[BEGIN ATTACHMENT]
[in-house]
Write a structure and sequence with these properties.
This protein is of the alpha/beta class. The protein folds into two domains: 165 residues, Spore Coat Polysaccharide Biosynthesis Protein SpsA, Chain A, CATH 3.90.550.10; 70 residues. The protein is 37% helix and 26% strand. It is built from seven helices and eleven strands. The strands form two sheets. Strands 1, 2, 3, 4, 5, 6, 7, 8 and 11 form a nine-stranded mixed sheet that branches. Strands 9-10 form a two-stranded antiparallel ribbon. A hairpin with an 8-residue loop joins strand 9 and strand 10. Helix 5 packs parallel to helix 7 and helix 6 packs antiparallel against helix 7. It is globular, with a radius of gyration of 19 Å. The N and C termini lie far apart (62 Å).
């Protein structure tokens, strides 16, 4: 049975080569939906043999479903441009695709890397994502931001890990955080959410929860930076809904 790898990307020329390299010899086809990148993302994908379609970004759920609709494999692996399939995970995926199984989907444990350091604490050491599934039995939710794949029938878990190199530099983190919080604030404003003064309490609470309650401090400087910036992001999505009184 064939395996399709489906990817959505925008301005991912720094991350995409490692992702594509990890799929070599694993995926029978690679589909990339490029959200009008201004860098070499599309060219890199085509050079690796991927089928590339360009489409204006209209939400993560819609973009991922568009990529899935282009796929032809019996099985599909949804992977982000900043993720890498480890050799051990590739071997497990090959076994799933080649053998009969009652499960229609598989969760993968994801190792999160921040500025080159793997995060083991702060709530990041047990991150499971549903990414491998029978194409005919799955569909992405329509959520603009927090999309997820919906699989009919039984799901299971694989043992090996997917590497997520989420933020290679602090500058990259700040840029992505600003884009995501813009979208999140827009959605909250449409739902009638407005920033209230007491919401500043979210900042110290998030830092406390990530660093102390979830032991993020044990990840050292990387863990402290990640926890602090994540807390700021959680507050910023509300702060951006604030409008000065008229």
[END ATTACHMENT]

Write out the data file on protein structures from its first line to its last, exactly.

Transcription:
[in-house]
Write a structure and sequence with these properties.
This protein is of the alpha/beta class. The protein folds into two domains: 165 residues, Spore Coat Polysaccharide Biosynthesis Protein SpsA, Chain A, CATH 3.90.550.10; 70 residues. The protein is 37% helix and 26% strand. It is built from seven helices and eleven strands. The strands form two sheets. Strands 1, 2, 3, 4, 5, 6, 7, 8 and 11 form a nine-stranded mixed sheet that branches. Strands 9-10 form a two-stranded antiparallel ribbon. A hairpin with an 8-residue loop joins strand 9 and strand 10. Helix 5 packs parallel to helix 7 and helix 6 packs antiparallel against helix 7. It is globular, with a radius of gyration of 19 Å. The N and C termini lie far apart (62 Å).
């Protein structure tokens, strides 16, 4: 049975080569939906043999479903441009695709890397994502931001890990955080959410929860930076809904 790898990307020329390299010899086809990148993302994908379609970004759920609709494999692996399939995970995926199984989907444990350091604490050491599934039995939710794949029938878990190199530099983190919080604030404003003064309490609470309650401090400087910036992001999505009184 064939395996399709489906990817959505925008301005991912720094991350995409490692992702594509990890799929070599694993995926029978690679589909990339490029959200009008201004860098070499599309060219890199085509050079690796991927089928590339360009489409204006209209939400993560819609973009991922568009990529899935282009796929032809019996099985599909949804992977982000900043993720890498480890050799051990590739071997497990090959076994799933080649053998009969009652499960229609598989969760993968994801190792999160921040500025080159793997995060083991702060709530990041047990991150499971549903990414491998029978194409005919799955569909992405329509959520603009927090999309997820919906699989009919039984799901299971694989043992090996997917590497997520989420933020290679602090500058990259700040840029992505600003884009995501813009979208999140827009959605909250449409739902009638407005920033209230007491919401500043979210900042110290998030830092406390990530660093102390979830032991993020044990990840050292990387863990402290990640926890602090994540807390700021959680507050910023509300702060951006604030409008000065008229």